The overall integrated plan for the acquisition, installation, and maintenance of a common radio
room on-board all classes of submarines requires a cooperative, coordinated effort among many
organizations. Specifically, United States Strategic Command (USSTRATCOM),
Commander-in-Chief Special Operations Command (CINCSOC), the Submarine TYCOMs, the
Chief of Naval Operations (CNO) Staff (N6, N8), the Naval Systems Commands (SPAWAR,
NAVSEA), and Naval Laboratories (NCCOSC, NUWC) must work closely together to clearly
articulate the requirements, solutions, and implementation of the plan. The Submarine
Communications Systems Program Manager, SPAWAR PMW 173, is designated as the overall
coordinator of all aspects of submarine communications.
PMW 173 has designated the Navy Command, Control, and Ocean Surveillance Center
(NCCOSC), Research, Development, Test and Evaluation Division (NRaD) as lead laboratory
for submarine communication design architecture since they are the lead activity for all Navy
communication architectural and system engineering designs. The Naval Undersea Warfare
Center (NUWC), Newport Division has been designated lead laboratory for submarine platform
integration. NCCOSC In-Service Engineering Division, East (NISE East) has been designated
the lead organization for coordinating submarine communications system in-service engineering
management, including installations and life cycle support. Submarine communications
installations, currently managed by multiple organizations, will transition to a single, integrated
management in 1996.
Submarine Development Squadron Twelve will continue to develop communication operational
concepts and submarine communication procedures. As submarine missions evolve, the SCSS
and supporting communications concepts must also evolve. The mix of missions carried out by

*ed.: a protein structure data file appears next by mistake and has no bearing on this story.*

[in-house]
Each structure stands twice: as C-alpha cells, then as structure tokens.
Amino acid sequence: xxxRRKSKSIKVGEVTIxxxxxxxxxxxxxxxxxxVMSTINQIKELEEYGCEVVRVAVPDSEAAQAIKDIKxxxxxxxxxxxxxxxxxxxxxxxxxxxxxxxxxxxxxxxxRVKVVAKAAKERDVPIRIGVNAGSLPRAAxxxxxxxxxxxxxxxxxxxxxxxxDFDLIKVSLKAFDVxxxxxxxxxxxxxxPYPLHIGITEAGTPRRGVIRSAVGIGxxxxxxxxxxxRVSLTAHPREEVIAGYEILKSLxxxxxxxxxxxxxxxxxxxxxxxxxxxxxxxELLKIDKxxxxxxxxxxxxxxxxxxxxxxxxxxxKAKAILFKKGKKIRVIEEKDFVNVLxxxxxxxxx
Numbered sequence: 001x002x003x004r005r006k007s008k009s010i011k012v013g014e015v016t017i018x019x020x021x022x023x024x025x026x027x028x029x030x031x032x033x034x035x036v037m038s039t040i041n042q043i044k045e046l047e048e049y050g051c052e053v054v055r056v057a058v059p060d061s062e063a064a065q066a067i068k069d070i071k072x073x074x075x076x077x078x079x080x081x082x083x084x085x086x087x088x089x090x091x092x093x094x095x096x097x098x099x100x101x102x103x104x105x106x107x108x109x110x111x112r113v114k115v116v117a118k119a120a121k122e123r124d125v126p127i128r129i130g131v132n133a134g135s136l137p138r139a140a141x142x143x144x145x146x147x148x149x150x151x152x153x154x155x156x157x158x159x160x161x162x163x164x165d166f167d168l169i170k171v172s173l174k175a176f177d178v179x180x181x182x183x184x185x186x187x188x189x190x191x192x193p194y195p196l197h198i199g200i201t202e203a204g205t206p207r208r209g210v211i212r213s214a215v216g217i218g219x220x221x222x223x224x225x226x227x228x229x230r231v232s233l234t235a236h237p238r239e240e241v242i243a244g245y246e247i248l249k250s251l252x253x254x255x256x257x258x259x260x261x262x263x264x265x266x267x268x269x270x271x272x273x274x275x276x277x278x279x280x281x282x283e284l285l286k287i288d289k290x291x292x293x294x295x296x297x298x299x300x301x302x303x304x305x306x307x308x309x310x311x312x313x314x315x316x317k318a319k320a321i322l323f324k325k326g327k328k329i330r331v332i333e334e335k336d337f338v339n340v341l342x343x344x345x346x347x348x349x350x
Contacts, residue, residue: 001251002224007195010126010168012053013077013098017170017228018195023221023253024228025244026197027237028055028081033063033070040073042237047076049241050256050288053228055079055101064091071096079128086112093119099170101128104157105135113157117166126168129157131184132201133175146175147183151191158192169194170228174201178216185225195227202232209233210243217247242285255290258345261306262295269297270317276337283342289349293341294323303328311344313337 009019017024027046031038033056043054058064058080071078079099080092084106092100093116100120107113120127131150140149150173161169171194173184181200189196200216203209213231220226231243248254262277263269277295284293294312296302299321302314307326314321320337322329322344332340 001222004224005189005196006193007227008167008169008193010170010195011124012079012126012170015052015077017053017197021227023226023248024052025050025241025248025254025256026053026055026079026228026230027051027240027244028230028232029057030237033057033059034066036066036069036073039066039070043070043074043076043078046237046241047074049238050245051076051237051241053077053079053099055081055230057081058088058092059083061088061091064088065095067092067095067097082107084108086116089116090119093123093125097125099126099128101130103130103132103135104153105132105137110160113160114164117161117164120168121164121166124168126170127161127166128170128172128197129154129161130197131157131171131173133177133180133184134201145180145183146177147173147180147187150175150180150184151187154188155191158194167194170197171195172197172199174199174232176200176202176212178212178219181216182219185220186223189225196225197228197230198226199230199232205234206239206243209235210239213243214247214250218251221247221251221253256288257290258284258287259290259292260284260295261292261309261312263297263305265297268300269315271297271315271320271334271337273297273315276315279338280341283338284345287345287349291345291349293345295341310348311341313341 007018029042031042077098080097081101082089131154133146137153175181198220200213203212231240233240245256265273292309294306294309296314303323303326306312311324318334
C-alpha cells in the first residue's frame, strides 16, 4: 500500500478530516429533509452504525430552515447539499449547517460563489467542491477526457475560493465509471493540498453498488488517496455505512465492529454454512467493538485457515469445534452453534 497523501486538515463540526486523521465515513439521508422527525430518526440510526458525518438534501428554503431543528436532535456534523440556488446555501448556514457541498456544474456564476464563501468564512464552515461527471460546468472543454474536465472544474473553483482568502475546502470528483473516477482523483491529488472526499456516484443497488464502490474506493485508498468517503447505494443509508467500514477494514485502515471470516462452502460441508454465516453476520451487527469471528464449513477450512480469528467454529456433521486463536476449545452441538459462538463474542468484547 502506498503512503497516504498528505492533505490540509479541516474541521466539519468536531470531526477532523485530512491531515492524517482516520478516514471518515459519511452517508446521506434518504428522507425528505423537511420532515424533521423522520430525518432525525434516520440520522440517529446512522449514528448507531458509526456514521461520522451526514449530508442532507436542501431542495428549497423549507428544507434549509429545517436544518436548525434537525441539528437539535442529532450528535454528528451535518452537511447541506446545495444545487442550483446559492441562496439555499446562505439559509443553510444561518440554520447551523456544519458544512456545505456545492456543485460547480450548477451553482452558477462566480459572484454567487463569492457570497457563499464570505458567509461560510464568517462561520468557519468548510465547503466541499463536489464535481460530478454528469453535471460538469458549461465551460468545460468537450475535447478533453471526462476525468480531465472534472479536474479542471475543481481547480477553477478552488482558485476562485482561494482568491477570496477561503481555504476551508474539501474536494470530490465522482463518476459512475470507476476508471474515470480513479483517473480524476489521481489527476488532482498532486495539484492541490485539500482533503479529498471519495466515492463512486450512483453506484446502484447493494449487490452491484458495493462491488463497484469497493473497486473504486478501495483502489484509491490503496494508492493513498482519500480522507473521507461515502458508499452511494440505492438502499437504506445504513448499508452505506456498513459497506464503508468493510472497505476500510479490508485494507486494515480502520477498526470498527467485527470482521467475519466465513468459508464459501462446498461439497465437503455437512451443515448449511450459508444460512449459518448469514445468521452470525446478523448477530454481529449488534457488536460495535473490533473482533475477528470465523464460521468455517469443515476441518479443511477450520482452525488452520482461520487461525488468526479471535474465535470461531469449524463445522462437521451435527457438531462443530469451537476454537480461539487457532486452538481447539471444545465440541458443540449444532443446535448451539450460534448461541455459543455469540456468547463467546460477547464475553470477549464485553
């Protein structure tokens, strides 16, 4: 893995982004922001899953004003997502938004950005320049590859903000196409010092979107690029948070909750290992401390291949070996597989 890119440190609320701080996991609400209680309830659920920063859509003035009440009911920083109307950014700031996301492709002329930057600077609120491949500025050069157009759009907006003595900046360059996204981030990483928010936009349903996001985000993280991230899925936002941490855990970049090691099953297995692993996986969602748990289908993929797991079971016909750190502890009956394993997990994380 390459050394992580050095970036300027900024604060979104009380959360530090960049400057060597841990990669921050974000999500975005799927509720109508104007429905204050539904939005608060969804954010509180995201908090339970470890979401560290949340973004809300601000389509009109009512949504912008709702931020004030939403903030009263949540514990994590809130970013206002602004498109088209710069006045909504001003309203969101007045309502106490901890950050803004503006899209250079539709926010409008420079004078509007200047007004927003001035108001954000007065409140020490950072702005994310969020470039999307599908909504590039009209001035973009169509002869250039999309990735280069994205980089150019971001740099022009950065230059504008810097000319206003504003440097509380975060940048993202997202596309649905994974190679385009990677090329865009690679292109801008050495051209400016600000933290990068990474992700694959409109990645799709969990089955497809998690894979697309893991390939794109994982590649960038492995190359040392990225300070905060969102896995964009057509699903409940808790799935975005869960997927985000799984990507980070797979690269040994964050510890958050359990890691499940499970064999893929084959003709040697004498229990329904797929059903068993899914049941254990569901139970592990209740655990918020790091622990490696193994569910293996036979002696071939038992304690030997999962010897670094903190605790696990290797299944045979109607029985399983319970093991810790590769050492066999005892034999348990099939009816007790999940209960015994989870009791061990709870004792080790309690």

both attack and ballistic missile submarines (and potentially Guided Missile Submarines
(SSGNs)) has changed significantly since the end of the cold war. This change in mission
emphasis is driving the revolution in submarine communications.
1.5 SUBMARINE MISSIONS
The demise of the Soviet Union has altered the roles and missions of both the U.S. Navy and its
Submarine Force. The submarine communications system (ashore and afloat) must support
mission requirements for both SSNs and SSBNs. The finite assets and capabilities of the
submarine communications system had previously been optimized to support cold war missions.
These tradeoffs must now be reviewed as the submarine communication systems and its
supporting acquisition programs are “re-optimized” to reflect the Navy’s and submarine force’s
reprioritized mission emphasis.
1.5.1 Joint Services and Navy-wide
The Naval services are in an unprecedented period of change. This change provides a unique
opportunity to redirect the Naval forces to best support their future employment. The Secretary
of the Navy (SECNAV) White Papers, “...From The Sea,” and “Forward From the Sea”, define
this new direction as “...to provide the Nation with Naval Expeditionary Forces which are:
The new direction set forth by these white papers shifts the emphasis of naval operations from
preparing for and executing open-ocean warfare against the Soviet Union to preparing for and
executing Joint operations, conducted from the sea, in littoral regions. The four key operational
capabilities required to execute this new direction as stated in “...From the Sea” are:
- Tailored for National Needs
- Shaped for Joint Operations
- Operating ‘Forward From the Sea’”
(1) Command, Control, and Surveillance;
To ensure that Navy acquisition programs support this new direction, the
CNO initiated an assessment process based on seven Joint Mission Areas (JMAs) and two
Support Areas. These JMAs (Joint Strike; Joint Littoral Warfare; Joint Surveillance; Joint Space
and Electronic Warfare/Intelligence; Strategic Deterrence; Strategic Sealift/Protection; Forward
Presence) and Support Areas (Readiness Support and Infrastructure; Manpower, Personnel, and
Shore Training) are employed to assess an acquisition program’s contributions to the key
capabilities. In addition to their traditional roles, such as Anti-Submarine Warfare (ASW),
submarines can and will conduct warfare tasks in support of all seven JMAs. The SCSS and its
associated acquisition programs must be able to support these JMAs with interoperable
communications that provide effective C 2 links, as well as support C 4 I requirements.
The submarine communication systems must also provide the communication support necessary
for the SSBN force to ensure continued deterrence of nuclear aggression. “From the Sea” states
“As long as the United States maintains a policy of nuclear deterrence, our highly survivable
nuclear powered ballistic missile submarines will remain critical to national security”. Although
the current radio room adequately supports the strategic communications requirements, these
vital links must not be degraded as tactical connectivity is improved by reprioritizing assets or
communications-related acquisition programs.
(2) Battlespace Dominance;